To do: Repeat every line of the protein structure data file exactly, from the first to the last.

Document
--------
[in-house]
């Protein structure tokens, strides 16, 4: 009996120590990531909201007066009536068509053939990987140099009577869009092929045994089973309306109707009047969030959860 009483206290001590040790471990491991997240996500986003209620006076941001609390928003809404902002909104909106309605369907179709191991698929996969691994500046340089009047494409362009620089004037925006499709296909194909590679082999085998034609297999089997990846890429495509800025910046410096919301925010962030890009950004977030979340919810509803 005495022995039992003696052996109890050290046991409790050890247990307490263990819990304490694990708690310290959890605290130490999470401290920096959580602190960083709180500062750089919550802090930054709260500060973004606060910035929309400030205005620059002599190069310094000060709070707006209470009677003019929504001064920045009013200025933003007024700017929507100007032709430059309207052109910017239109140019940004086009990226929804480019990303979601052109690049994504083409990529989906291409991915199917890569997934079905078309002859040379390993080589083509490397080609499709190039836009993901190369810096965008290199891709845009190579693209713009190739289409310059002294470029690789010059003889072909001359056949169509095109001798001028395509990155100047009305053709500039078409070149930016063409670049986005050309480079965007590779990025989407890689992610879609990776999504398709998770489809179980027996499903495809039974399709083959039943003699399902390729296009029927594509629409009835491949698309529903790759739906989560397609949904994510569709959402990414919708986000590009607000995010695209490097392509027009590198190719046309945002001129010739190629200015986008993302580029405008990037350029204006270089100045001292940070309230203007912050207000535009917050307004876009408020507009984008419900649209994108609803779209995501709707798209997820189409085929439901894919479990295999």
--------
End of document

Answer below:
[in-house]
């Protein structure tokens, strides 16, 4: 009996120590990531909201007066009536068509053939990987140099009577869009092929045994089973309306109707009047969030959860 009483206290001590040790471990491991997240996500986003209620006076941001609390928003809404902002909104909106309605369907179709191991698929996969691994500046340089009047494409362009620089004037925006499709296909194909590679082999085998034609297999089997990846890429495509800025910046410096919301925010962030890009950004977030979340919810509803 005495022995039992003696052996109890050290046991409790050890247990307490263990819990304490694990708690310290959890605290130490999470401290920096959580602190960083709180500062750089919550802090930054709260500060973004606060910035929309400030205005620059002599190069310094000060709070707006209470009677003019929504001064920045009013200025933003007024700017929507100007032709430059309207052109910017239109140019940004086009990226929804480019990303979601052109690049994504083409990529989906291409991915199917890569997934079905078309002859040379390993080589083509490397080609499709190039836009993901190369810096965008290199891709845009190579693209713009190739289409310059002294470029690789010059003889072909001359056949169509095109001798001028395509990155100047009305053709500039078409070149930016063409670049986005050309480079965007590779990025989407890689992610879609990776999504398709998770489809179980027996499903495809039974399709083959039943003699399902390729296009029927594509629409009835491949698309529903790759739906989560397609949904994510569709959402990414919708986000590009607000995010695209490097392509027009590198190719046309945002001129010739190629200015986008993302580029405008990037350029204006270089100045001292940070309230203007912050207000535009917050307004876009408020507009984008419900649209994108609803779209995501709707798209997820189409085929439901894919479990295999």